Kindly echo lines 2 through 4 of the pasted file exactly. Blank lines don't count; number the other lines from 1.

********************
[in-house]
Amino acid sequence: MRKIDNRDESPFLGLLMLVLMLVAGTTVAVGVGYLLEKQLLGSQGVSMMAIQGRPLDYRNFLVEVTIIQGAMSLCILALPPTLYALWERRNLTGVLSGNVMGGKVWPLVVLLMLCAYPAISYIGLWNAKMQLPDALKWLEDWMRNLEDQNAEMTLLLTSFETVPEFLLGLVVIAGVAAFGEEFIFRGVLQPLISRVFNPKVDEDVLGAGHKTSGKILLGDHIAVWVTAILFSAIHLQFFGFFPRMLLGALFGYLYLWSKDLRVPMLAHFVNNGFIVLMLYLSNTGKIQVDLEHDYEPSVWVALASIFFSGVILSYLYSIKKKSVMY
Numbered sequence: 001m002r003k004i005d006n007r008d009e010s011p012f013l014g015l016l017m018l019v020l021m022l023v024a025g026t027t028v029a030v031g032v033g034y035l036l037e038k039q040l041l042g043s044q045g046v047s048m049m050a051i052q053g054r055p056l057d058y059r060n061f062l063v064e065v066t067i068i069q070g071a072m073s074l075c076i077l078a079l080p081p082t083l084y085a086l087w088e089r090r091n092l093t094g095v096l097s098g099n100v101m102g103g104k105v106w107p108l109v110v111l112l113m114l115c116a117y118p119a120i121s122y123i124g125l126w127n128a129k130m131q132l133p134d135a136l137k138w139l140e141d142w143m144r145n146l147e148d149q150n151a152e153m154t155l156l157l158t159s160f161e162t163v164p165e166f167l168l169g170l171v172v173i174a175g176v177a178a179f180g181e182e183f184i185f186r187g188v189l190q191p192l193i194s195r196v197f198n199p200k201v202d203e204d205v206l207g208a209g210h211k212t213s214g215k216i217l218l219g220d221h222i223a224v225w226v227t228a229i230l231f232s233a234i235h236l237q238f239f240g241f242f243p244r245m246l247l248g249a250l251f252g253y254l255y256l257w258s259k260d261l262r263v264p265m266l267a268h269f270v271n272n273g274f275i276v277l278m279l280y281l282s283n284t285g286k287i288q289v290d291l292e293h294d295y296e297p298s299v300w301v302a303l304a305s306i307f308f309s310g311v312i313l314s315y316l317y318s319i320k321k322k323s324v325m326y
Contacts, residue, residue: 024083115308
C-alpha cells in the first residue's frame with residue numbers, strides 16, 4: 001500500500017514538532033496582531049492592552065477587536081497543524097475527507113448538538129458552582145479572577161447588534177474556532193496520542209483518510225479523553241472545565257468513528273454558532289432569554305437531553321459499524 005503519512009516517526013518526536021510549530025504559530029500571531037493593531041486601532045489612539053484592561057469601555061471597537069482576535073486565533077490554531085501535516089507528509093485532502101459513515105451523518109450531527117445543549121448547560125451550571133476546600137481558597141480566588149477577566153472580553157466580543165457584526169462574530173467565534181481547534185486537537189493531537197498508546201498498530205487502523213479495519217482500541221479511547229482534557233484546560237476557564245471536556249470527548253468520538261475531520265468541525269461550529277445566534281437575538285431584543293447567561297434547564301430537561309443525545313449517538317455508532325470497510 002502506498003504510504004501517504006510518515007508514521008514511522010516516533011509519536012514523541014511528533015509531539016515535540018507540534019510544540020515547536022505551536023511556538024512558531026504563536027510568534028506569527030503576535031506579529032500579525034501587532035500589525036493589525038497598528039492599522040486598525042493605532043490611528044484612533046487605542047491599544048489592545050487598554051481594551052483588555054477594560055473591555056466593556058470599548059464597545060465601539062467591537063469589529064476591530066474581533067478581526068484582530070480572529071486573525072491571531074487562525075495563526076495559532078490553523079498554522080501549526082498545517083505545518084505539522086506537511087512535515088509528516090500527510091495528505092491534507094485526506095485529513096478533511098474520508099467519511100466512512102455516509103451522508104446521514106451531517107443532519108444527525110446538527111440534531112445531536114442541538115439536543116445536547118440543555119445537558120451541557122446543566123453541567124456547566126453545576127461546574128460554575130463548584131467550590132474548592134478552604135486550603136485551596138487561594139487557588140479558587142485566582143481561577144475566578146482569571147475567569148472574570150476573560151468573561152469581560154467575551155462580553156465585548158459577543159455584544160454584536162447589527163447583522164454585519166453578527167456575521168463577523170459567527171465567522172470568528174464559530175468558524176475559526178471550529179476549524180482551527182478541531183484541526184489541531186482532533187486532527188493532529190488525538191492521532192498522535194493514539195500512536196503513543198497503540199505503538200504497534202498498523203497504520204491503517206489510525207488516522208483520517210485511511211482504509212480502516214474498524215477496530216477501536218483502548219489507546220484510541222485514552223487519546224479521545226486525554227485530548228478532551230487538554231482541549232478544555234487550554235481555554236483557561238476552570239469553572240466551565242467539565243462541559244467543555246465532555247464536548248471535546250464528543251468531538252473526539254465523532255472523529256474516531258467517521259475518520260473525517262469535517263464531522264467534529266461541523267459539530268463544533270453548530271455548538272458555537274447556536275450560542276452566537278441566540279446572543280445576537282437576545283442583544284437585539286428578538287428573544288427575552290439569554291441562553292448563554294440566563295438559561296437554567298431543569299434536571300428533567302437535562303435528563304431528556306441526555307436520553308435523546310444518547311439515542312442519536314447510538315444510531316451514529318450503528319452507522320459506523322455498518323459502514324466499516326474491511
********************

Amino acid sequence: MRKIDNRDESPFLGLLMLVLMLVAGTTVAVGVGYLLEKQLLGSQGVSMMAIQGRPLDYRNFLVEVTIIQGAMSLCILALPPTLYALWERRNLTGVLSGNVMGGKVWPLVVLLMLCAYPAISYIGLWNAKMQLPDALKWLEDWMRNLEDQNAEMTLLLTSFETVPEFLLGLVVIAGVAAFGEEFIFRGVLQPLISRVFNPKVDEDVLGAGHKTSGKILLGDHIAVWVTAILFSAIHLQFFGFFPRMLLGALFGYLYLWSKDLRVPMLAHFVNNGFIVLMLYLSNTGKIQVDLEHDYEPSVWVALASIFFSGVILSYLYSIKKKSVMY
Numbered sequence: 001m002r003k004i005d006n007r008d009e010s011p012f013l014g015l016l017m018l019v020l021m022l023v024a025g026t027t028v029a030v031g032v033g034y035l036l037e038k039q040l041l042g043s044q045g046v047s048m049m050a051i052q053g054r055p056l057d058y059r060n061f062l063v064e065v066t067i068i069q070g071a072m073s074l075c076i077l078a079l080p081p082t083l084y085a086l087w088e089r090r091n092l093t094g095v096l097s098g099n100v101m102g103g104k105v106w107p108l109v110v111l112l113m114l115c116a117y118p119a120i121s122y123i124g125l126w127n128a129k130m131q132l133p134d135a136l137k138w139l140e141d142w143m144r145n146l147e148d149q150n151a152e153m154t155l156l157l158t159s160f161e162t163v164p165e166f167l168l169g170l171v172v173i174a175g176v177a178a179f180g181e182e183f184i185f186r187g188v189l190q191p192l193i194s195r196v197f198n199p200k201v202d203e204d205v206l207g208a209g210h211k212t213s214g215k216i217l218l219g220d221h222i223a224v225w226v227t228a229i230l231f232s233a234i235h236l237q238f239f240g241f242f243p244r245m246l247l248g249a250l251f252g253y254l255y256l257w258s259k260d261l262r263v264p265m266l267a268h269f270v271n272n273g274f275i276v277l278m279l280y281l282s283n284t285g286k287i288q289v290d291l292e293h294d295y296e297p298s299v300w301v302a303l304a305s306i307f308f309s310g311v312i313l314s315y316l317y318s319i320k321k322k323s324v325m326y
Contacts, residue, residue: 024083115308